HubSpot, a leading CRM solution and inbound marketing company, says that email generates $38 for every $1 spent - an astounding 3,800% ROI, thus making it one of the most effective options available today. Meaning it deserves a place in every author's toolbox
Still hesitant, keep reading.
1. 3.9 billion daily email users. Expected to climb to 4.3 billion by 2023. (Statista, 2020)
2. Email marketing is 40 times more effective for getting new customers than Facebook or Twitter.
3. More than 5.6 billion active email accounts in 2019. (Statista, 2019)
4. Segmented campaigns can lead to as much as a 760% increase in revenue. (Campaign Monitor, 2019)
5. 35% of marketers send their customers 3-5 emails per week. (Not Another State of Marketing, 2020)
6. 46 percent of all emails are opened on mobile (Litmus.com, 2018)
7. iPhone is the most popular mobile client for reading emails, with 29 percent of all opens occurring on this platform. Gmail is a close runner-up at 27 percent (Campaign Monitor, 2018)
Also, here is a high-level overview of overall email marketing statistics:
Average open rate: 18.0%
Average click-through rate: 2.6%
Average click-to-open rate: 14.1%
Average unsubscribe rate: 0.1%
BUT this is not the best thing about Email Marketing. The best thing about email marketing is that YOU OWN YOUR LIST.
Any social media platform can suspend or delete your account (along with all your fans and posts) at any time, for any reason, without notice. But, you own your email list. No one can take those reader email-ids - the ones you have secured using lead magnets or free content - away from you.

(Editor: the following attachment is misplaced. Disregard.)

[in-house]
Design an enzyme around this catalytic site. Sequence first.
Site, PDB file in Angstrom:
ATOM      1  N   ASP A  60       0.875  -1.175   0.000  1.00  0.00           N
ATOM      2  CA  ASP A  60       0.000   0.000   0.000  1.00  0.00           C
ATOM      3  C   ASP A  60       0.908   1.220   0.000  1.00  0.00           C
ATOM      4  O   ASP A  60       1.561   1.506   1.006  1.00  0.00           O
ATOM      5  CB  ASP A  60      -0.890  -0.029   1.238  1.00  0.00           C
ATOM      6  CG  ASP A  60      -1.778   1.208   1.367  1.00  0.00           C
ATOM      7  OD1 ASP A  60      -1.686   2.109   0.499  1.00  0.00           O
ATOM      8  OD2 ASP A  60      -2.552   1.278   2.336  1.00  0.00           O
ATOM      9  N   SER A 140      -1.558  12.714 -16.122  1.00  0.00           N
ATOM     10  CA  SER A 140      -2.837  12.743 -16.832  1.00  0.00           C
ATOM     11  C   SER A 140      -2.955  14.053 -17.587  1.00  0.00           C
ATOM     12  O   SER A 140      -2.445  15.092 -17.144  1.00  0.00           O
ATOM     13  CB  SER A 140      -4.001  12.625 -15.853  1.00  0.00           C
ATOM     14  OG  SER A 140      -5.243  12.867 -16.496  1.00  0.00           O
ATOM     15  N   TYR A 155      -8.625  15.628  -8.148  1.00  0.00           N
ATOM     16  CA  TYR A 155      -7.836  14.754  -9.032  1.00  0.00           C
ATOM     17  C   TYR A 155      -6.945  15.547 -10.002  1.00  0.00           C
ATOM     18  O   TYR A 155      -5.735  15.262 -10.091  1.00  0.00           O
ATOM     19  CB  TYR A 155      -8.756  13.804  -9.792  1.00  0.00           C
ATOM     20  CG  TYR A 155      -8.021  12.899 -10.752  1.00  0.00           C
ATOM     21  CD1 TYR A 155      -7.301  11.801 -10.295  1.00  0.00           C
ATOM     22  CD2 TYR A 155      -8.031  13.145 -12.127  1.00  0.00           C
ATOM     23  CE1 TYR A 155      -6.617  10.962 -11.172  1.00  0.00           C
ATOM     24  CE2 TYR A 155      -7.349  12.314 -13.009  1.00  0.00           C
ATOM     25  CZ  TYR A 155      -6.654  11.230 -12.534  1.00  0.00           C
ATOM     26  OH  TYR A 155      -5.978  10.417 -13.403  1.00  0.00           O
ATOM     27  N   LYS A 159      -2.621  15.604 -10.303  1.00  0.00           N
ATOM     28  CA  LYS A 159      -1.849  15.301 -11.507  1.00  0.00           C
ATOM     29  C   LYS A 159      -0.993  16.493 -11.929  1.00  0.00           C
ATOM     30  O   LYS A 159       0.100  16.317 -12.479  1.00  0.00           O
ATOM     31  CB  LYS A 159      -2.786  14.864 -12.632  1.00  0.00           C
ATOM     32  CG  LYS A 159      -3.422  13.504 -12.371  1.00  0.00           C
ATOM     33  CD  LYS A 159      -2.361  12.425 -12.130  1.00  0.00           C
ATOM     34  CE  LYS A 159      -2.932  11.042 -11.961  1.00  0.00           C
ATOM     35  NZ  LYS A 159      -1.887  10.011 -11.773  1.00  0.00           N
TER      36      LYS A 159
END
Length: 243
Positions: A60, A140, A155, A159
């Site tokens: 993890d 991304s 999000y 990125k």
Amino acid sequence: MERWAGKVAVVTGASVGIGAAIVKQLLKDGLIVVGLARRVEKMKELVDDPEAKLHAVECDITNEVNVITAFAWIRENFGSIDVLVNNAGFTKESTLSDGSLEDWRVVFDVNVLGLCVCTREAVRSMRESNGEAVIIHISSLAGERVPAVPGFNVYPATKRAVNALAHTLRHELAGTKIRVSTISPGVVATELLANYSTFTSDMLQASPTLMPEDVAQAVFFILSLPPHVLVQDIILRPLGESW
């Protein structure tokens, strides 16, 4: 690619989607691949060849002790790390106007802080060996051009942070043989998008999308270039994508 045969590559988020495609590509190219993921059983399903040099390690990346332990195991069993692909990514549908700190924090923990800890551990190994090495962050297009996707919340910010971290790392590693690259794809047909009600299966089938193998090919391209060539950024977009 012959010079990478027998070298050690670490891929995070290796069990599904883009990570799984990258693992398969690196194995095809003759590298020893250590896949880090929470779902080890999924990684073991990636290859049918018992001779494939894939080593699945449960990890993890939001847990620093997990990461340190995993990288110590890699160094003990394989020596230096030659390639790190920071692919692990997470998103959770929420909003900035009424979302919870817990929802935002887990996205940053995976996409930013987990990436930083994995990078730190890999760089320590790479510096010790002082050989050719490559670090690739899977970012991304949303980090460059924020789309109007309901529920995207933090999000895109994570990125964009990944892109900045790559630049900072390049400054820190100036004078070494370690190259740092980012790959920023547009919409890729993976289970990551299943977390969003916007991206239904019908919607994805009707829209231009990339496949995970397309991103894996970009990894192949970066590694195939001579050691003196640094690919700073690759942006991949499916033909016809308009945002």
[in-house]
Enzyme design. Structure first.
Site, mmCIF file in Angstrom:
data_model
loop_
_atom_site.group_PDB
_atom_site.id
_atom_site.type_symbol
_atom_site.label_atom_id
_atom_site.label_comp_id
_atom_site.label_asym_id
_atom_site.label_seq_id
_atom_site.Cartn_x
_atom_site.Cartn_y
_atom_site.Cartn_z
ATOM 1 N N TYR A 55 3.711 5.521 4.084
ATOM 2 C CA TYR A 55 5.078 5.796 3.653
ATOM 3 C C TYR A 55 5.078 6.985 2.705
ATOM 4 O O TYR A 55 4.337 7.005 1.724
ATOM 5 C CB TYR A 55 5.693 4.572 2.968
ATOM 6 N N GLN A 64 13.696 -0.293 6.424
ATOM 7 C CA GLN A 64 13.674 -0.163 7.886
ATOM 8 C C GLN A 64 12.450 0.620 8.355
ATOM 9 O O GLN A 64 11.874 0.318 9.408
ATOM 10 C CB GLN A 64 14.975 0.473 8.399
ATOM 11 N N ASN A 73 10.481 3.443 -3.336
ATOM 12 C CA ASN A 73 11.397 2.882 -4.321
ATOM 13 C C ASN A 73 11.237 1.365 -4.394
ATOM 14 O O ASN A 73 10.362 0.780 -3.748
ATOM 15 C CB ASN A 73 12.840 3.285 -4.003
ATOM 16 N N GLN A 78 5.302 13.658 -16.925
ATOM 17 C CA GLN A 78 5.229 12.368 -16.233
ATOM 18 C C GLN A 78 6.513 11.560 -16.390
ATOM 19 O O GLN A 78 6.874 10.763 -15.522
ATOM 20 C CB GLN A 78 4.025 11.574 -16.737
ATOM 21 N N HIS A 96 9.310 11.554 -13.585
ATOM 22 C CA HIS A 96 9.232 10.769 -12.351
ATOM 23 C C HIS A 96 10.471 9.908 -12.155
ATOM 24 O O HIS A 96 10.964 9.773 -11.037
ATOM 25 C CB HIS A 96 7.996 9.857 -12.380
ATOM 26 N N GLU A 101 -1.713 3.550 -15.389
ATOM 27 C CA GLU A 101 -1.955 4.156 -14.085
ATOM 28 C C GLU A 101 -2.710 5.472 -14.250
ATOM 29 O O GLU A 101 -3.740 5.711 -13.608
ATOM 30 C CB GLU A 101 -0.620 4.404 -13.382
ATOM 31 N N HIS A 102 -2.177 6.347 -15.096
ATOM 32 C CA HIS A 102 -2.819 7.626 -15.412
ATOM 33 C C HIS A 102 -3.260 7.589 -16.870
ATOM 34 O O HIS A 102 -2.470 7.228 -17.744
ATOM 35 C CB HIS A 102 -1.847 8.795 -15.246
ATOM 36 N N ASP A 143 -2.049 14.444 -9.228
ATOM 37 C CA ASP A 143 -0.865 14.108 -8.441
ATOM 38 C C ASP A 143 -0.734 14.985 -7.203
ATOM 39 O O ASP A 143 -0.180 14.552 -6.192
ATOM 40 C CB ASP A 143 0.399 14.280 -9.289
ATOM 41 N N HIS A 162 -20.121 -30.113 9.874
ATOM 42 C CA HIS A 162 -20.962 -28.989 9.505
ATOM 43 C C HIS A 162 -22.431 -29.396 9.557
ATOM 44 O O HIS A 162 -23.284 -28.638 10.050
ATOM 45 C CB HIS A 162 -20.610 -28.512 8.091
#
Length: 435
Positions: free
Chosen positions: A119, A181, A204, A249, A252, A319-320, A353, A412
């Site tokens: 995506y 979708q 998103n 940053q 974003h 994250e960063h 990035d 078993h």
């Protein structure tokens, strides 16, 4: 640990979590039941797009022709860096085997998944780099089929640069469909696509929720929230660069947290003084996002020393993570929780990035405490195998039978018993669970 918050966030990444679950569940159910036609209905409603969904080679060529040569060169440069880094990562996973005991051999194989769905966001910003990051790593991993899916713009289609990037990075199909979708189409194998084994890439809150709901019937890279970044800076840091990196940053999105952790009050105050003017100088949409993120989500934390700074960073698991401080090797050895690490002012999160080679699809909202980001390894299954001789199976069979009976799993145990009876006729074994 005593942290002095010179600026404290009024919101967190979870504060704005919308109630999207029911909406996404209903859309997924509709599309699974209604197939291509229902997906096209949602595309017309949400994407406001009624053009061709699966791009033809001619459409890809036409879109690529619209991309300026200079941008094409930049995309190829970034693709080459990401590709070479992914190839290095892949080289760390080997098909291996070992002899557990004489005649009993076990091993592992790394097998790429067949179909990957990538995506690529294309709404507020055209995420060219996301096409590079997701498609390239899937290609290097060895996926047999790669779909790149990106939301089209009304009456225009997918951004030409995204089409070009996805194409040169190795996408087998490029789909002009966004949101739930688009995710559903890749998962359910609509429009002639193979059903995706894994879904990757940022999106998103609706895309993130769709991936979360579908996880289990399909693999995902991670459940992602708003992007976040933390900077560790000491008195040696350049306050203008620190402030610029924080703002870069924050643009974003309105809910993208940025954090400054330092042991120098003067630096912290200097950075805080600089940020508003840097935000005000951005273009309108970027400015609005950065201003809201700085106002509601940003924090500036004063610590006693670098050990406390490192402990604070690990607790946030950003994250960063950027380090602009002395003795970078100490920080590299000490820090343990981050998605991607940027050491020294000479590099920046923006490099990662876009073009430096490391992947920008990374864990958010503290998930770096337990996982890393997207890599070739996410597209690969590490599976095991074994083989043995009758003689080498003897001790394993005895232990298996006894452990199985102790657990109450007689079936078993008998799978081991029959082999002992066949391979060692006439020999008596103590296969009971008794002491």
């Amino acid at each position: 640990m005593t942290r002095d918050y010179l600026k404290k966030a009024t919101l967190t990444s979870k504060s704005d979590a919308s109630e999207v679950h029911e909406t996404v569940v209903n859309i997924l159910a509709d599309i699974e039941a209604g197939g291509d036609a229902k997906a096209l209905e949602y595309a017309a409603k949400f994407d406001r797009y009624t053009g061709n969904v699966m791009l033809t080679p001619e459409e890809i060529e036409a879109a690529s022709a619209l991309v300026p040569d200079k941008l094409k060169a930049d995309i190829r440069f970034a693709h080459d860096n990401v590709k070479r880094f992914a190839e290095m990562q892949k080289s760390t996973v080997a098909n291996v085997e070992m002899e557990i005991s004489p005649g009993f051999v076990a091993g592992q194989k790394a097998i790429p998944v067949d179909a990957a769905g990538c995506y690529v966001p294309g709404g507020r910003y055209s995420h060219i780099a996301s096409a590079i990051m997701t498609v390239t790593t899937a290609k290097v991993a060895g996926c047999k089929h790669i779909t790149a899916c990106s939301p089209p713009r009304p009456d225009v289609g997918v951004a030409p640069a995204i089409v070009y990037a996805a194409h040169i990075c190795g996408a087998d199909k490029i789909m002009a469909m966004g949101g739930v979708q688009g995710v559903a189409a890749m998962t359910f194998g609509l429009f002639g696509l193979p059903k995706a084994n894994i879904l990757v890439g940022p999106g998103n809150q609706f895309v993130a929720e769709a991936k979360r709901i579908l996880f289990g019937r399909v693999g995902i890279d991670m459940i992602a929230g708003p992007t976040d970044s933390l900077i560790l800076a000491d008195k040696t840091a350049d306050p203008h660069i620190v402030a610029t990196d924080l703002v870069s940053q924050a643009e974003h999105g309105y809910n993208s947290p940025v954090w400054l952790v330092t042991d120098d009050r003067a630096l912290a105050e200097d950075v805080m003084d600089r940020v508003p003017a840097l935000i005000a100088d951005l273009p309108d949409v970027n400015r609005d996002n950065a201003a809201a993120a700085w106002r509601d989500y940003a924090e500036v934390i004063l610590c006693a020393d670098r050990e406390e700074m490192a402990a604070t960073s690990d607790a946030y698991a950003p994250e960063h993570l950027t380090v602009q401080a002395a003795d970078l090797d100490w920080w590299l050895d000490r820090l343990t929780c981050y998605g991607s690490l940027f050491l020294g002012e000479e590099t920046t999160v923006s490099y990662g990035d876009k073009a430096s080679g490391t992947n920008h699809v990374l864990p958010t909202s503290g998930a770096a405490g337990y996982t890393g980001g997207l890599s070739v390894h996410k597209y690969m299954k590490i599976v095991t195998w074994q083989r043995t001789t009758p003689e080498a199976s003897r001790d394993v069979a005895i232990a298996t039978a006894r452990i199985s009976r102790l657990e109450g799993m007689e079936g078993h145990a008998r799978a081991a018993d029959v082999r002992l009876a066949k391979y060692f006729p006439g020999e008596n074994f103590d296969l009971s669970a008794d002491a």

When a new subscriber signs up to your list, you have a direct line to that person's inbox.
While Facebook organic engagement has plunged to less than 1% (RivalQ), the average email open rate is 20.81%… 20x higher than Facebook post engagement (MailChimp).
These stats are nice and all. But you're probably wondering:
"As an author, I'm interested in writing books, and this all looks pretty complicated to me."
Actually, it's not, and in the next chapters, I will explain these steps in detail, so let's go.
1.1 Email marketing vocabulary for authors
As you implement your own email marketing, you’ll likely come across the following vocabulary. Here are some quick definitions to get you up to speed:
Subscribers – people who’ve chosen to receive marketing emails from you
List – your list of email subscribers
Subject line – the part of the email you read before opening the full email
Preview text – the few lines below the subject line that you can read before opening the full email
Spam – marketing email sent to someone who hasn’t elected to receive it
Open rate – percentage of people who opened your email
Click-through rate – percentage of people who clicked a link in your email
Bounce rate – percentage of emails that never made it to an inbox
Conversion rate – percentage of people who followed a CTA in your email, such as, “Buy my book”
Double opt-in – asking subscribers to confirm they want to receive email from you by clicking a confirmation link in the very first email